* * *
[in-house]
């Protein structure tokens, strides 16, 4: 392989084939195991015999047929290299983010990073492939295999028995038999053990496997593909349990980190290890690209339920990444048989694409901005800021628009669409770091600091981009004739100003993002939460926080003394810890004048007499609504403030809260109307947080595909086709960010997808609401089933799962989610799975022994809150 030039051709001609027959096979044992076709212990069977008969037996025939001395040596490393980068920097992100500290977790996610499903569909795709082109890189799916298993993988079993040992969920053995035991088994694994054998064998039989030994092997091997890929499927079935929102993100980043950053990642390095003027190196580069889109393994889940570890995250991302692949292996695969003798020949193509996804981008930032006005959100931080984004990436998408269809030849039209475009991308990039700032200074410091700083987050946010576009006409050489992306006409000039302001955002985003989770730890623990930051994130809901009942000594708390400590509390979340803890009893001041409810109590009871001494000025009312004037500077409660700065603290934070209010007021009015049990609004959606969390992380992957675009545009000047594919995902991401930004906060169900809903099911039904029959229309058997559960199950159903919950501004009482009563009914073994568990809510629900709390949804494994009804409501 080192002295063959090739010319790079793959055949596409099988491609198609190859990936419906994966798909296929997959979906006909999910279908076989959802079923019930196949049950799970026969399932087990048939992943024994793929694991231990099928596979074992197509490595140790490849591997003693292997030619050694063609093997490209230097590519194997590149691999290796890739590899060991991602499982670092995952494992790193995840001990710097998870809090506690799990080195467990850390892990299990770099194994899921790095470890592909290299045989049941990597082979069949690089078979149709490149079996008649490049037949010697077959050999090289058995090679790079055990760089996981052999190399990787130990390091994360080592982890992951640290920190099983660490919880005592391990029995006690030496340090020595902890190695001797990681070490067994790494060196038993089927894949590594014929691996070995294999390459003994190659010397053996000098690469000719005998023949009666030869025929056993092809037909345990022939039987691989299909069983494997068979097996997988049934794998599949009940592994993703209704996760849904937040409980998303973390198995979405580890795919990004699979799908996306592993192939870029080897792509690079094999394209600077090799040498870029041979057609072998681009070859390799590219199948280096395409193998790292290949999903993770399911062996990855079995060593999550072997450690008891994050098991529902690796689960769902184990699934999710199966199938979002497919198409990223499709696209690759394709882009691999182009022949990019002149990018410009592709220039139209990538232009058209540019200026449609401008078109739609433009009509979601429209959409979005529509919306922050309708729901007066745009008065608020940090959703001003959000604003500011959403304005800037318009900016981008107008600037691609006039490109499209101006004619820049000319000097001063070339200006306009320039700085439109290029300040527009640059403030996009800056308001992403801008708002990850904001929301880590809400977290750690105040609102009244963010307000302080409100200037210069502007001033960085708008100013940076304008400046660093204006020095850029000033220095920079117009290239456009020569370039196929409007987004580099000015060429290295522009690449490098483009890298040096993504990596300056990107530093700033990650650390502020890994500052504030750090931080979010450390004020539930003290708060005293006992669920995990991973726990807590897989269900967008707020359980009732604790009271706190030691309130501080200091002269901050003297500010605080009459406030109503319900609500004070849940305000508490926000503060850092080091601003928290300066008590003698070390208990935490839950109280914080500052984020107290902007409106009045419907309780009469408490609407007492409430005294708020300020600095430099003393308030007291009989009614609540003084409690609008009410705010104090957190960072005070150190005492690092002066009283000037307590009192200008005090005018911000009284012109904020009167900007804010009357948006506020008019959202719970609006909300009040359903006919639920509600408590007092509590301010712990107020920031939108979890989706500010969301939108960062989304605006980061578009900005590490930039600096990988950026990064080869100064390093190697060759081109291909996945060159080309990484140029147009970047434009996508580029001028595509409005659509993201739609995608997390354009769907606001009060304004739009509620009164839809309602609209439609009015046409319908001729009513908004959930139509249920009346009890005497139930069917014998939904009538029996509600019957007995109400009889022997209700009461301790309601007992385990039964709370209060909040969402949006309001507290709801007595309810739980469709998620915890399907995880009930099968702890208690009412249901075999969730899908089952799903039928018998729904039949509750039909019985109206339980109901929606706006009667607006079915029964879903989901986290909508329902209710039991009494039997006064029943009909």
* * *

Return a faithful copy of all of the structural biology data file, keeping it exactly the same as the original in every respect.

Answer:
[in-house]
């Protein structure tokens, strides 16, 4: 392989084939195991015999047929290299983010990073492939295999028995038999053990496997593909349990980190290890690209339920990444048989694409901005800021628009669409770091600091981009004739100003993002939460926080003394810890004048007499609504403030809260109307947080595909086709960010997808609401089933799962989610799975022994809150 030039051709001609027959096979044992076709212990069977008969037996025939001395040596490393980068920097992100500290977790996610499903569909795709082109890189799916298993993988079993040992969920053995035991088994694994054998064998039989030994092997091997890929499927079935929102993100980043950053990642390095003027190196580069889109393994889940570890995250991302692949292996695969003798020949193509996804981008930032006005959100931080984004990436998408269809030849039209475009991308990039700032200074410091700083987050946010576009006409050489992306006409000039302001955002985003989770730890623990930051994130809901009942000594708390400590509390979340803890009893001041409810109590009871001494000025009312004037500077409660700065603290934070209010007021009015049990609004959606969390992380992957675009545009000047594919995902991401930004906060169900809903099911039904029959229309058997559960199950159903919950501004009482009563009914073994568990809510629900709390949804494994009804409501 080192002295063959090739010319790079793959055949596409099988491609198609190859990936419906994966798909296929997959979906006909999910279908076989959802079923019930196949049950799970026969399932087990048939992943024994793929694991231990099928596979074992197509490595140790490849591997003693292997030619050694063609093997490209230097590519194997590149691999290796890739590899060991991602499982670092995952494992790193995840001990710097998870809090506690799990080195467990850390892990299990770099194994899921790095470890592909290299045989049941990597082979069949690089078979149709490149079996008649490049037949010697077959050999090289058995090679790079055990760089996981052999190399990787130990390091994360080592982890992951640290920190099983660490919880005592391990029995006690030496340090020595902890190695001797990681070490067994790494060196038993089927894949590594014929691996070995294999390459003994190659010397053996000098690469000719005998023949009666030869025929056993092809037909345990022939039987691989299909069983494997068979097996997988049934794998599949009940592994993703209704996760849904937040409980998303973390198995979405580890795919990004699979799908996306592993192939870029080897792509690079094999394209600077090799040498870029041979057609072998681009070859390799590219199948280096395409193998790292290949999903993770399911062996990855079995060593999550072997450690008891994050098991529902690796689960769902184990699934999710199966199938979002497919198409990223499709696209690759394709882009691999182009022949990019002149990018410009592709220039139209990538232009058209540019200026449609401008078109739609433009009509979601429209959409979005529509919306922050309708729901007066745009008065608020940090959703001003959000604003500011959403304005800037318009900016981008107008600037691609006039490109499209101006004619820049000319000097001063070339200006306009320039700085439109290029300040527009640059403030996009800056308001992403801008708002990850904001929301880590809400977290750690105040609102009244963010307000302080409100200037210069502007001033960085708008100013940076304008400046660093204006020095850029000033220095920079117009290239456009020569370039196929409007987004580099000015060429290295522009690449490098483009890298040096993504990596300056990107530093700033990650650390502020890994500052504030750090931080979010450390004020539930003290708060005293006992669920995990991973726990807590897989269900967008707020359980009732604790009271706190030691309130501080200091002269901050003297500010605080009459406030109503319900609500004070849940305000508490926000503060850092080091601003928290300066008590003698070390208990935490839950109280914080500052984020107290902007409106009045419907309780009469408490609407007492409430005294708020300020600095430099003393308030007291009989009614609540003084409690609008009410705010104090957190960072005070150190005492690092002066009283000037307590009192200008005090005018911000009284012109904020009167900007804010009357948006506020008019959202719970609006909300009040359903006919639920509600408590007092509590301010712990107020920031939108979890989706500010969301939108960062989304605006980061578009900005590490930039600096990988950026990064080869100064390093190697060759081109291909996945060159080309990484140029147009970047434009996508580029001028595509409005659509993201739609995608997390354009769907606001009060304004739009509620009164839809309602609209439609009015046409319908001729009513908004959930139509249920009346009890005497139930069917014998939904009538029996509600019957007995109400009889022997209700009461301790309601007992385990039964709370209060909040969402949006309001507290709801007595309810739980469709998620915890399907995880009930099968702890208690009412249901075999969730899908089952799903039928018998729904039949509750039909019985109206339980109901929606706006009667607006079915029964879903989901986290909508329902209710039991009494039997006064029943009909």